On January 9, the news website Axios ran an item which said out loud what a lot of people had privately thought. Thanks to the negative digital asset/crypto news in late 2022, the digital asset financial sector is now likely to have to deal with markedly increased compliance costs.
The torrent of new regulation is likely to have significant impact on the whole industry: the exchanges, participating firms, and the markets in which they operate. At this point, both federal and state regulators have heightened their focus on digital assets. On the Federal front alone, the Department of Justice, the Securities and Exchange Commission (SEC,) the Commodity Futures Trading Commission (CFTC,) and the Treasury Department all have digital asset business practices in their sights.
And they’ve done so even as they’re faced with company-wide layoffs. To give you a sense of why, here’s a recent example of a significant compliance gap. Coinbase, the U.S.'s largest centralized crypto exchange, agreed to a $100 million settlement with New York state regulators over accusations they had failed to conduct sufficient background checks when they opened new customer accounts. The company paid $50 million as a fine and pledged the other $50 million toward a promise to put stronger and more comprehensive compliance in place.
Until now, the digital asset industry has only been required to follow a few things. The exchanges must adhere to anti-money laundering (AML) rules, which require them to conduct know-your-customer (KYC) verification. And as far back as 2013, the Financial Crimes Enforcement Network began to require digital asset firms to follow the Bank Secrecy Act (BSA).
Specifically, the work to check customer identities and identify potentially suspicious transaction activity. This is the same way banks and traditional financial services firms typically perform these activities. Some firms will even develop and deploy their own regulatory technology so they can avoid having to send customer data to third-party service providers.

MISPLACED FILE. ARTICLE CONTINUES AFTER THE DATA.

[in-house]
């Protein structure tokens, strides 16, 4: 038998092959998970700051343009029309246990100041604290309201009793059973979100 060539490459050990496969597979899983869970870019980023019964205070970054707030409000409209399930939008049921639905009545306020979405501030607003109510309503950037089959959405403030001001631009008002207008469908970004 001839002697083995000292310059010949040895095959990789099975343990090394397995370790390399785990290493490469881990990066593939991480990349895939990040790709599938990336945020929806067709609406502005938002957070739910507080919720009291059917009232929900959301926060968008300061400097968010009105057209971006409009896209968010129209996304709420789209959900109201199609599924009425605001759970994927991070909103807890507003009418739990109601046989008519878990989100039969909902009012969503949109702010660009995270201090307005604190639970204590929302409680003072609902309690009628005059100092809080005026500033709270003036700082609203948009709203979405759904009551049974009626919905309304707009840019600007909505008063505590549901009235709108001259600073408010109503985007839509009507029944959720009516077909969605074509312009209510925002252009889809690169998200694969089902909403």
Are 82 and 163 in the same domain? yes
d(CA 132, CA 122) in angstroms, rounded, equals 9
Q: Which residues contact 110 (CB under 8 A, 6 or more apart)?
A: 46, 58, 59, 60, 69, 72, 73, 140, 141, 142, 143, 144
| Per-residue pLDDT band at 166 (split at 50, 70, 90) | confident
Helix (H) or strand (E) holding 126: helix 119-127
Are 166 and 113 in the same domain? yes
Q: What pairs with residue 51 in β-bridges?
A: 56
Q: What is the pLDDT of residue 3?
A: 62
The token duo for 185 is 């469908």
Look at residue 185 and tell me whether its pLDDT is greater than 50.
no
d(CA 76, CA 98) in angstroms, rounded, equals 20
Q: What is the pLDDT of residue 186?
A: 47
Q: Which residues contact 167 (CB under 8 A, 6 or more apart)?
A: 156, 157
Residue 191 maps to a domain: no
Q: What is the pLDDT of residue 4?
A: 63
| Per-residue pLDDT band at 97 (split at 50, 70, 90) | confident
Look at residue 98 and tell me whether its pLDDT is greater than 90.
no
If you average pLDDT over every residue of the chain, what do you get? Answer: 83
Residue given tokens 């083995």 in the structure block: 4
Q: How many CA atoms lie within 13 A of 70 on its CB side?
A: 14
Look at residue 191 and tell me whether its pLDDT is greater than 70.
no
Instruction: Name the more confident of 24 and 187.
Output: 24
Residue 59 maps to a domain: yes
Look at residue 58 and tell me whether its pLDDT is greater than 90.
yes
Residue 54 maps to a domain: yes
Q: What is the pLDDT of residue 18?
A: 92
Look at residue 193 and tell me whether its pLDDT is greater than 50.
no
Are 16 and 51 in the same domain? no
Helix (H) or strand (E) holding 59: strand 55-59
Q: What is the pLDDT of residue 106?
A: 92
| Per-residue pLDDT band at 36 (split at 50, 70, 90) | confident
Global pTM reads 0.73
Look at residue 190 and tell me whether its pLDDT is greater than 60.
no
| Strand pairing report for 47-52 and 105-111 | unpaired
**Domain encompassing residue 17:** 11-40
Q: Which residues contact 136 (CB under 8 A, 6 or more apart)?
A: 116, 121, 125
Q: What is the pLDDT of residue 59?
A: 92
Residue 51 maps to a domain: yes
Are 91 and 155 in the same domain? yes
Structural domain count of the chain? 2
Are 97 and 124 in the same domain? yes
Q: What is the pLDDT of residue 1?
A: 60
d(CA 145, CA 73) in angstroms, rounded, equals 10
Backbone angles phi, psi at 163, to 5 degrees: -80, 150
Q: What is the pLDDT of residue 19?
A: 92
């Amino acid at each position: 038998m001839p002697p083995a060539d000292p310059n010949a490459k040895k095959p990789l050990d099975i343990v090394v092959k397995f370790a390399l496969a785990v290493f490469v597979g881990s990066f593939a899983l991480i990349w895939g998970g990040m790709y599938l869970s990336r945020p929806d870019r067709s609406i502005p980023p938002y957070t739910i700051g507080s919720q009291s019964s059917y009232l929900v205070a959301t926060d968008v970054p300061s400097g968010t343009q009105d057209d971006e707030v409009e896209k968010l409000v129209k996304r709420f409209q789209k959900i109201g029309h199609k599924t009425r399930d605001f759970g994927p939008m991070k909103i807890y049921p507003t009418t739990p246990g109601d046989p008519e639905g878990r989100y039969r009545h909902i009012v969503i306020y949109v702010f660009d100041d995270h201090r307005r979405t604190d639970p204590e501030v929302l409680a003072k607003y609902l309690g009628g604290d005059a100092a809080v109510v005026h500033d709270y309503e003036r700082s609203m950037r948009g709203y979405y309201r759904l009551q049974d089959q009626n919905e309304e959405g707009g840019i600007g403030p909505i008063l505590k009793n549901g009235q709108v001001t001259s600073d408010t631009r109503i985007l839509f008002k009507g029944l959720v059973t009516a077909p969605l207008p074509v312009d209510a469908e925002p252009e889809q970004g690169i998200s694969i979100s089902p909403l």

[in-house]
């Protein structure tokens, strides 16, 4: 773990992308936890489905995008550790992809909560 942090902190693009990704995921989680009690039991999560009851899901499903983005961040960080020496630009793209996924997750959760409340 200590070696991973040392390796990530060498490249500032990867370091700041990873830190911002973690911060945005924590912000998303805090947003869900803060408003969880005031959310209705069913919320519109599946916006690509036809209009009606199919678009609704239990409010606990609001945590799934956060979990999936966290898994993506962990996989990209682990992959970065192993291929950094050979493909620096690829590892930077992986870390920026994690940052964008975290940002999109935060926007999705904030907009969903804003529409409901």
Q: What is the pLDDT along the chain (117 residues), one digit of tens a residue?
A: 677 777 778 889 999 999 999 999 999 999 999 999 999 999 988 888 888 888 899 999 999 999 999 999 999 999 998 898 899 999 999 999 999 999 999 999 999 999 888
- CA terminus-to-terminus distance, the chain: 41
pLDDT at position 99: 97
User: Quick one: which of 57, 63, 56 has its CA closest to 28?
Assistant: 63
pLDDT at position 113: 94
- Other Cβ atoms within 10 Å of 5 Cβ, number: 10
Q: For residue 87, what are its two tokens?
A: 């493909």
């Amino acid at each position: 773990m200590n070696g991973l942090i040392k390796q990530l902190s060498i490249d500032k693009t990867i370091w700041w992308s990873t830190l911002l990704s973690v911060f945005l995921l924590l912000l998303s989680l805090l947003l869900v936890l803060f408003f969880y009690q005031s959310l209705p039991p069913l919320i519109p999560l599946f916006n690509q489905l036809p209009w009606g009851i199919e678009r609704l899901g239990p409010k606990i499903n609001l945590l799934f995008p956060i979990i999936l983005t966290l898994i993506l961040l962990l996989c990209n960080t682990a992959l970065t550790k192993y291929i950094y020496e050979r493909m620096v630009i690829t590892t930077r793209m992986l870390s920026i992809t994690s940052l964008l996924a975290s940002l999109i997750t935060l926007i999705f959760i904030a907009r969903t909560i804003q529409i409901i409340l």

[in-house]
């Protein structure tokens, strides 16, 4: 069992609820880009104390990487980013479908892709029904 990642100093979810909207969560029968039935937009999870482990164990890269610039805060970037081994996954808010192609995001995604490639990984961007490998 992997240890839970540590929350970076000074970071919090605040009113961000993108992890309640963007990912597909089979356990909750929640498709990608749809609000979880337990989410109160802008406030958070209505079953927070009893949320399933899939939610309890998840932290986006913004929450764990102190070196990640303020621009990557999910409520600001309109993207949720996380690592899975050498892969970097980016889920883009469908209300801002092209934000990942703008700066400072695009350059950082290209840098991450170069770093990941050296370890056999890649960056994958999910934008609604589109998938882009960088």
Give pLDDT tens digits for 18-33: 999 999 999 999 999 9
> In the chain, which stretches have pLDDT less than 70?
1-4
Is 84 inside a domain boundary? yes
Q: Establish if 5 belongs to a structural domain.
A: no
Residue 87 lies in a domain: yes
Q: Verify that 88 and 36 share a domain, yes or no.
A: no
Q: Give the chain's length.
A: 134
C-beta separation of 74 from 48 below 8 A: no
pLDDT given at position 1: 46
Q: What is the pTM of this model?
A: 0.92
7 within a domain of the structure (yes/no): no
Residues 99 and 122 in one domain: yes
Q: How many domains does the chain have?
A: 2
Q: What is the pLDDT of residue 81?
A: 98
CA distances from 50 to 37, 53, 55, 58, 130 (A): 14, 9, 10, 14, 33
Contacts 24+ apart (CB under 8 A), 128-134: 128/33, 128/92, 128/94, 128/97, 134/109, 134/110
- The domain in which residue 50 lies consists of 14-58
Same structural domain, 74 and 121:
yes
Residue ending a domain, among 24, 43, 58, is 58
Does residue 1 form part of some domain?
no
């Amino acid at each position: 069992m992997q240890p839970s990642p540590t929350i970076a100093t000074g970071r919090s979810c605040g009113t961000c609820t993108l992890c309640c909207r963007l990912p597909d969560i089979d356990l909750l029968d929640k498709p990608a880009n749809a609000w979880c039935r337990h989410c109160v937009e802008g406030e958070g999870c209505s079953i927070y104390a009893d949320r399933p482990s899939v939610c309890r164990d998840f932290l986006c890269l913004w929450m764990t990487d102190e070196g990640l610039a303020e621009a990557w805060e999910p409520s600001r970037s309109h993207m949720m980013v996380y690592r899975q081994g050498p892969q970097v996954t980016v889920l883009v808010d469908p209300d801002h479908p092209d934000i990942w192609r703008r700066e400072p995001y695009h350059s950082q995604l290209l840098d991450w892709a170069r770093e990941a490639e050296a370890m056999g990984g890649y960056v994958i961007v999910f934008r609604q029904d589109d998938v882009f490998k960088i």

However, these same firms still typically still have teams of compliance experts who can also analyze and investigate blockchain-based transactions. And the need for these experts fluctuates based on the activity load.
Not surprisingly, thanks to the recent FTX collapse and the rash of related Chapter 11 filings, the bigger digital asset shops have taken steps to shore up their perceived regulatory professionalism. It’s a way to demonstrate their good intentions. "Compliance is critical to create trust among the industry, regulators, and customers, said Paul Grewal, Coinbase's Chief Legal Officer. "Maintaining high compliance standards can also be a competitive advantage, allowing companies like Coinbase to obtain licenses and operate in highly regulated markets that are not open to our competitors."
However, investment in compliance isn't immune to economic realities. There’s always a give-and-take in compliance resources. In bull markets, more resources are available. In tougher markets, there are likely to be across-the-board staff cuts. And general mandatory standards like AML activities have to be in place no matter what external market conditions prevail. Solid compliance requires people, case management, and a reporting mechanism. It’s simply a cost of doing business.
It’s a direct path to create a safe, easy way for customers or members to buy, hold, or sell digital assets. When you make it possible, your account holders will know the security of participating in digital currency within their primary financial relationship. What more could they – or you – want?
If you want to know more about what Sequoir does, and how they can do it for you, contact them today. They can show you how your financial institution can remain relevant and take advantage of the digital asset revolution! Visit www.sequoir.com today.
Based in Green Bay, WI, Sequoir is a leading provider of digital asset solutions to financial institutions. Sequoir offers pre-built integrations to enable users to buy, hold, sell, or borrow against digital assets. Sequoir also enables financial institutions to offer custom digital asset solutions to its customers or members.